As pundits have been pointing out for years, President Bush prizes loyalty above most other virtues. And "loyalty" has been the defining term for Condoleezza Rice, the president's nominee for secretary of state. She has been a soldier in the administration. A private person by nature, she has been willing to lead the charge on several fronts and defend the administration at every turn.
And that is what rankled the Senate panel looking into Rice's nomination. She hoped to be sworn in the same day the president was sworn in. That didn't happen. Her nomination was pulled back for more scrutiny.
Part of the problem is perception. What Rice sees as being steadfast, the panel seems to interpret as stonewalling. What she sees as optimism and strength, they are characterizing as stubbornness, arrogance and even cluelessness.
Condoleezza Rice may have an understated personality, but she has the fervor and focus of a revival preacher. That is laudable. But she is also beginning to see that being secretary of state requires grand diplomatic skills and a willingness to not only speak the truth to power, but speak it in the name of power. She is seeing that she is not only accountable to her president but accountable to the American people.
That is a tricky two-step. But the best statesmen in American history have done it well. George P. Shultz could admit mistakes without appearing to denigrate the decision makers. Colin Powell was able to walk the fine line. Henry Kissinger and James Baker were skilled at it.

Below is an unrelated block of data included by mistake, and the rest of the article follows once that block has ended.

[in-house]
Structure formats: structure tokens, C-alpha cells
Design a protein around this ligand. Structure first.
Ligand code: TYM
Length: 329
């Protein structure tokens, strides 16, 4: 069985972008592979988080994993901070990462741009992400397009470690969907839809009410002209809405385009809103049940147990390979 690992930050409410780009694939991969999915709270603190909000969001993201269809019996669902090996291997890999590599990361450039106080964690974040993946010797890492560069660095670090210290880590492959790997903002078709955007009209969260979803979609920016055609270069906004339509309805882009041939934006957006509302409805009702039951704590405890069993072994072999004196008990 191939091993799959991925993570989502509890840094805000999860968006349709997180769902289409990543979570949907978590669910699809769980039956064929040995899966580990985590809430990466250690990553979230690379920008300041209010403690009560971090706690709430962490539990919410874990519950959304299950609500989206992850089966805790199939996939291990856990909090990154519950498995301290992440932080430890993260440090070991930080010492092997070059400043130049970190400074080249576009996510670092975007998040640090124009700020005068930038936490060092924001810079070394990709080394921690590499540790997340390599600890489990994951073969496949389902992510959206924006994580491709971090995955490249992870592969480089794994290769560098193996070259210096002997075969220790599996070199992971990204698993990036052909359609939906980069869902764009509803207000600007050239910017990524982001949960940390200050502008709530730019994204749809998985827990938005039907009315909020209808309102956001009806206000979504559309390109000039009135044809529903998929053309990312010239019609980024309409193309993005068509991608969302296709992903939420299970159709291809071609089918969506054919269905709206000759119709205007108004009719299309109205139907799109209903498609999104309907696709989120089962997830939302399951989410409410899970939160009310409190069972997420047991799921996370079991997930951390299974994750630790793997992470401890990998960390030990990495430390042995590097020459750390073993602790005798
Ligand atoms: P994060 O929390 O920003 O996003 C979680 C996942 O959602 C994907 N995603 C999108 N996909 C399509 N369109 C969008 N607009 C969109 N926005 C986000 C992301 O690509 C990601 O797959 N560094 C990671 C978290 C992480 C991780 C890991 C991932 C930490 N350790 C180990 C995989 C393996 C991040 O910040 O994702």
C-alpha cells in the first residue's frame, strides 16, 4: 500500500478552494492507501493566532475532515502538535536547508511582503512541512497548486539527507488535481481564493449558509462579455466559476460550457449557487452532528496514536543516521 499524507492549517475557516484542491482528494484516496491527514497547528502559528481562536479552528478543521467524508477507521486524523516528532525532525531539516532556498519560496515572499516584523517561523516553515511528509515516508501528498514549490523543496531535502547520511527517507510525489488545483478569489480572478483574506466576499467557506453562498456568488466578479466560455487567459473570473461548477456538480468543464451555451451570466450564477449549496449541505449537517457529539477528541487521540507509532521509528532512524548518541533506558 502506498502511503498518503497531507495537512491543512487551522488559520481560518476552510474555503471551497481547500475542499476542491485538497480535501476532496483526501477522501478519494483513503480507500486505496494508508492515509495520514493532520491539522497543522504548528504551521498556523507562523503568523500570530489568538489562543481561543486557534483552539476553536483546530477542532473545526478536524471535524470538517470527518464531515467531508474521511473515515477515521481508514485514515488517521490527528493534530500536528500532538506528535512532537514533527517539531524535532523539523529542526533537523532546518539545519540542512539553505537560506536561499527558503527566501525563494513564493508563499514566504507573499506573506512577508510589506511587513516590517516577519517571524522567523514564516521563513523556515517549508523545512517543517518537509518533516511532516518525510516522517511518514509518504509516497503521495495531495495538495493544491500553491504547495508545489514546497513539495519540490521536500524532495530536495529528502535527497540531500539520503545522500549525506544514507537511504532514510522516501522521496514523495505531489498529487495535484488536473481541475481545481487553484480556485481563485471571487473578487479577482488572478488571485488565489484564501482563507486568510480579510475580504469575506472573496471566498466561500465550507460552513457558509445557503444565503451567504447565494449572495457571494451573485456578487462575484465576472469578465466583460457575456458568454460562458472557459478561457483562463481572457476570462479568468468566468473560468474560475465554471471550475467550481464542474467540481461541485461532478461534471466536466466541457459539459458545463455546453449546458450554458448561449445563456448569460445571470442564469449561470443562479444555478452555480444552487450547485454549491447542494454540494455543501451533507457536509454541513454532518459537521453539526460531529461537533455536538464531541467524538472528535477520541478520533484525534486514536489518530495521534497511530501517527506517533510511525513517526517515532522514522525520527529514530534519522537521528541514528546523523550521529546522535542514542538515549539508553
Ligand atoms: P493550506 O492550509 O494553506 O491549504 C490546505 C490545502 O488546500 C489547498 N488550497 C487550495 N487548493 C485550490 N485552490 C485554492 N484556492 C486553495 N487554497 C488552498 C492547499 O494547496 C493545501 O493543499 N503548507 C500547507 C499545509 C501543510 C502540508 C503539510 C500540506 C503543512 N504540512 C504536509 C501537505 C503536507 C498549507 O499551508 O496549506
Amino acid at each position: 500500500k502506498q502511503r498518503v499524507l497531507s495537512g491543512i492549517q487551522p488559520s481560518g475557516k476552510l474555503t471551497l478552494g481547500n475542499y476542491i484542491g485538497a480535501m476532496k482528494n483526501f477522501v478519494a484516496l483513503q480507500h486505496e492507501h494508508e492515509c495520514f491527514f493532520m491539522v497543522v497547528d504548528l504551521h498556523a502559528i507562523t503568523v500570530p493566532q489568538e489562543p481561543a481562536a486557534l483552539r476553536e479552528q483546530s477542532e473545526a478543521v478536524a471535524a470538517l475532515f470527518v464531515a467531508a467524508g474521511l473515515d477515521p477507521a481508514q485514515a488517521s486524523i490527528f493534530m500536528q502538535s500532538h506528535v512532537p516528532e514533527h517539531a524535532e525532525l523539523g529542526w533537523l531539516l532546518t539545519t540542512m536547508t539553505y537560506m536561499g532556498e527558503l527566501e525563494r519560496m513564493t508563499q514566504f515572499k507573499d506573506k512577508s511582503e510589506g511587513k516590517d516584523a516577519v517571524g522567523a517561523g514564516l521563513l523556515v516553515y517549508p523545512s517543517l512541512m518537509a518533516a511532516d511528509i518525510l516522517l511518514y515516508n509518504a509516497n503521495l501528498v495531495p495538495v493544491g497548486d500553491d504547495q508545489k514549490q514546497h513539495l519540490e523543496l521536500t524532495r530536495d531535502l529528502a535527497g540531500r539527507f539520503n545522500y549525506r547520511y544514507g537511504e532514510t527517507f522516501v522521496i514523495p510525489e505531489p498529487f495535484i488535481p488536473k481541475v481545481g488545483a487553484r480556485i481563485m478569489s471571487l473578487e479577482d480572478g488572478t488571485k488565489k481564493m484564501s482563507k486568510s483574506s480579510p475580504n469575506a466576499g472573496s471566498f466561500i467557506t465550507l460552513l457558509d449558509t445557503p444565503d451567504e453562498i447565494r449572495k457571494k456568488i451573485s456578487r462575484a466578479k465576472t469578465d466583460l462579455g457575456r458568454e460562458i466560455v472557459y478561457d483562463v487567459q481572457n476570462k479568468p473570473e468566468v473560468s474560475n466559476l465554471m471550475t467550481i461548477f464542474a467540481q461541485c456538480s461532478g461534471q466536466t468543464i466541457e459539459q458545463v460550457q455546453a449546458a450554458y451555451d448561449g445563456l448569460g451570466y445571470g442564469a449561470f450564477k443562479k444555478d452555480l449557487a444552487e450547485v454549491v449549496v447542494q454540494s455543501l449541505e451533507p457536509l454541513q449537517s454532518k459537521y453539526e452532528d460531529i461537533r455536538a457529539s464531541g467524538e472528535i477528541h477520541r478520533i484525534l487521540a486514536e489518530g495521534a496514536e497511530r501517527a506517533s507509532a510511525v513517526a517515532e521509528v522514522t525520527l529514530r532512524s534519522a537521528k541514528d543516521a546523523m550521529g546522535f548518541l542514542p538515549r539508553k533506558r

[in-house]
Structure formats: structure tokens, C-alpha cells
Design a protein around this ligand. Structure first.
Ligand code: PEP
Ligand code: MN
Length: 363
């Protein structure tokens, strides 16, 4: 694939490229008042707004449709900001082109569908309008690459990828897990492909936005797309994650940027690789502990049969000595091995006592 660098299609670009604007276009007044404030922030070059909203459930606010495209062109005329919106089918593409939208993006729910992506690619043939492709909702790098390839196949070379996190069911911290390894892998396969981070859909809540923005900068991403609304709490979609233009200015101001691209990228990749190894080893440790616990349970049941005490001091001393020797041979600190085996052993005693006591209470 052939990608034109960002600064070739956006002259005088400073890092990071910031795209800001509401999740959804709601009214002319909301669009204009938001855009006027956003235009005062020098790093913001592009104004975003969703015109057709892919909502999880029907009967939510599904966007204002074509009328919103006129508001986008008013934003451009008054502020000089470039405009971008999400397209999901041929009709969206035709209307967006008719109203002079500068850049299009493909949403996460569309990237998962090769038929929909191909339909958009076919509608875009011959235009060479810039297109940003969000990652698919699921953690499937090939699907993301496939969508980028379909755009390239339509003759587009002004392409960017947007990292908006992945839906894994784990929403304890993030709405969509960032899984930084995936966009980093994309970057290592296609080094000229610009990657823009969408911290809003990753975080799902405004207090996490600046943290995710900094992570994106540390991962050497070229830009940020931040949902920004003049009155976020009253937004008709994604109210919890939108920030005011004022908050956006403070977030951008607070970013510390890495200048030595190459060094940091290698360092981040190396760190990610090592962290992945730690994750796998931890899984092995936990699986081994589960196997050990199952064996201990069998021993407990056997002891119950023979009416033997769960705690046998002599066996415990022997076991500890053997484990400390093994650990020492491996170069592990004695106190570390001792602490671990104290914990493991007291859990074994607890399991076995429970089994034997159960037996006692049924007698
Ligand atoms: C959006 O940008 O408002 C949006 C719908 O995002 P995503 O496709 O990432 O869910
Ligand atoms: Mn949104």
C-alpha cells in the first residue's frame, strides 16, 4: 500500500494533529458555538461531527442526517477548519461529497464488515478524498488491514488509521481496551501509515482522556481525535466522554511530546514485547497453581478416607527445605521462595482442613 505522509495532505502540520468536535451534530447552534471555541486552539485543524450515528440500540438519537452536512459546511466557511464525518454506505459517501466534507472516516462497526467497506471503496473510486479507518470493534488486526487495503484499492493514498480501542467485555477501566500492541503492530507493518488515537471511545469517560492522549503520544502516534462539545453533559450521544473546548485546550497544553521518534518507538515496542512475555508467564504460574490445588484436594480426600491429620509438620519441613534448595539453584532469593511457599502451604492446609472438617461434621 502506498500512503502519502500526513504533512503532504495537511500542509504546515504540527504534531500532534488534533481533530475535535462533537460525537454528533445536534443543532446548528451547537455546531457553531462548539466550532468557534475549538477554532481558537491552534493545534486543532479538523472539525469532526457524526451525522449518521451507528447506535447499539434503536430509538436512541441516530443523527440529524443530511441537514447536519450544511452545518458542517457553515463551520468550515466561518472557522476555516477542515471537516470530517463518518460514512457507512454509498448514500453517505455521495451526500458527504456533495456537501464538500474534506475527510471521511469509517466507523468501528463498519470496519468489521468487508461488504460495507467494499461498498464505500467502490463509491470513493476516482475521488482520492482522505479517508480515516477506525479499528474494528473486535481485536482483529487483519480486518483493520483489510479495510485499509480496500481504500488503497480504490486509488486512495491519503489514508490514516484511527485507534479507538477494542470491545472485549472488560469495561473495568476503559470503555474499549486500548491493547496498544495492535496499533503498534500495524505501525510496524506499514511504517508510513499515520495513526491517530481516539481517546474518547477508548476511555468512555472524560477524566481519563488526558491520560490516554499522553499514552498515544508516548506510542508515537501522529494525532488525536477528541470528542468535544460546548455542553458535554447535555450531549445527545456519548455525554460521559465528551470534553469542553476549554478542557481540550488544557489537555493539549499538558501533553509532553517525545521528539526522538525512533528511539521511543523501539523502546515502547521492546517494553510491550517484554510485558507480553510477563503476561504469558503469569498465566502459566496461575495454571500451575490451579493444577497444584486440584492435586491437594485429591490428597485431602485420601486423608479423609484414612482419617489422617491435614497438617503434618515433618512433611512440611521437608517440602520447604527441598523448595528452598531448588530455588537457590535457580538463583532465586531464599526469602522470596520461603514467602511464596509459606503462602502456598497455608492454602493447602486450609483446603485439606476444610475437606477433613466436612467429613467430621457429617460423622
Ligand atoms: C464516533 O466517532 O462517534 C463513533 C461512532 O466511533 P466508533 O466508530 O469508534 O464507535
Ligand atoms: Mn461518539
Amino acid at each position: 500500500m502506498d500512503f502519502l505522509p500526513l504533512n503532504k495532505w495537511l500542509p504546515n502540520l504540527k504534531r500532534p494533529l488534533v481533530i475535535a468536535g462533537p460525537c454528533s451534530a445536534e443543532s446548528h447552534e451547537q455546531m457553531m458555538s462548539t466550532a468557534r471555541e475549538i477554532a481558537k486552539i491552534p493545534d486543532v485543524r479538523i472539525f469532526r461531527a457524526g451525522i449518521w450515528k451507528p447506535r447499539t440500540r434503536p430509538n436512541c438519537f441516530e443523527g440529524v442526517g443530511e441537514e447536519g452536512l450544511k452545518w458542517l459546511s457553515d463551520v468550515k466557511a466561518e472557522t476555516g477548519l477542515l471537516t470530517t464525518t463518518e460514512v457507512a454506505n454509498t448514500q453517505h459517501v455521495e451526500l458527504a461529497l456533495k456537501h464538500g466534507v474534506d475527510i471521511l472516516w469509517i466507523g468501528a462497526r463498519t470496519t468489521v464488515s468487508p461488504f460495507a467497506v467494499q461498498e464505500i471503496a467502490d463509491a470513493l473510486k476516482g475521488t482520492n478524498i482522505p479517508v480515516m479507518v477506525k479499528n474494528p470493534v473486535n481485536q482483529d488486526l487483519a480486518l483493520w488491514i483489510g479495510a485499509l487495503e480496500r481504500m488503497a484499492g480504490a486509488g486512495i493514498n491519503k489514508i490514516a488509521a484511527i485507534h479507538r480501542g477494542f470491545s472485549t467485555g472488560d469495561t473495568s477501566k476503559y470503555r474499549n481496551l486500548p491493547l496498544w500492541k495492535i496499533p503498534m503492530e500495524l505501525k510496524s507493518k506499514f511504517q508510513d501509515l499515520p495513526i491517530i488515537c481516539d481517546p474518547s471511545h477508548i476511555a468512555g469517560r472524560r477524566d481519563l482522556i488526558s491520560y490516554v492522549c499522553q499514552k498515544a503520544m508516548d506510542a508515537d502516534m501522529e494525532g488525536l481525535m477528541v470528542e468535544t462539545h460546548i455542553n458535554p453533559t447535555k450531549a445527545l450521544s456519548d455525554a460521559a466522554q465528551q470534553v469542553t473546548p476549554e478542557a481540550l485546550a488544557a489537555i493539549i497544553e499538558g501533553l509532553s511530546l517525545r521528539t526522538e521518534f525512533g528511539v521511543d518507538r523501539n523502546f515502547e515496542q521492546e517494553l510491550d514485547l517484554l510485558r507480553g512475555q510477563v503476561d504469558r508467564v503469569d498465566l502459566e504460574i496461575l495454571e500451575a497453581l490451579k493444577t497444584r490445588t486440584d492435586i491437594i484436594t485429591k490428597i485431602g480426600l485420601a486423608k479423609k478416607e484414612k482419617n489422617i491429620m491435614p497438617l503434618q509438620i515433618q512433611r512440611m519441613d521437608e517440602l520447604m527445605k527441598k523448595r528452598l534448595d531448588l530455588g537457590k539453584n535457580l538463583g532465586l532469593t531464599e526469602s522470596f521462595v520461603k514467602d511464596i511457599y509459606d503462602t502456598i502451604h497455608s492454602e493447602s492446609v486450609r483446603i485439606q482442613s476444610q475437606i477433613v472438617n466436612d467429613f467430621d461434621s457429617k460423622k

To her credit, Rice is a quick study. After a fierce grilling that would have toasted lesser candidates, she returned to the panel the following day and spoke more candidly about the problems and missteps in Iraq. There will be more learning moments for her.
For, in the end, it is not "this administration" that is in Iraq. It is this nation. It is not "this president" who must find solutions in foreign policy, it is this nation.
And it is not the reputation of the Bush administration that hangs in the balance, it is the reputation of the United States of America.
To her credit, Rice is beginning to get it. The learning curve, however, is short and steep.
We applaud her nomination and wish her the best. For, as she's coming to realize, the best for her and her president must be the best for American citizens — past, present and especially future.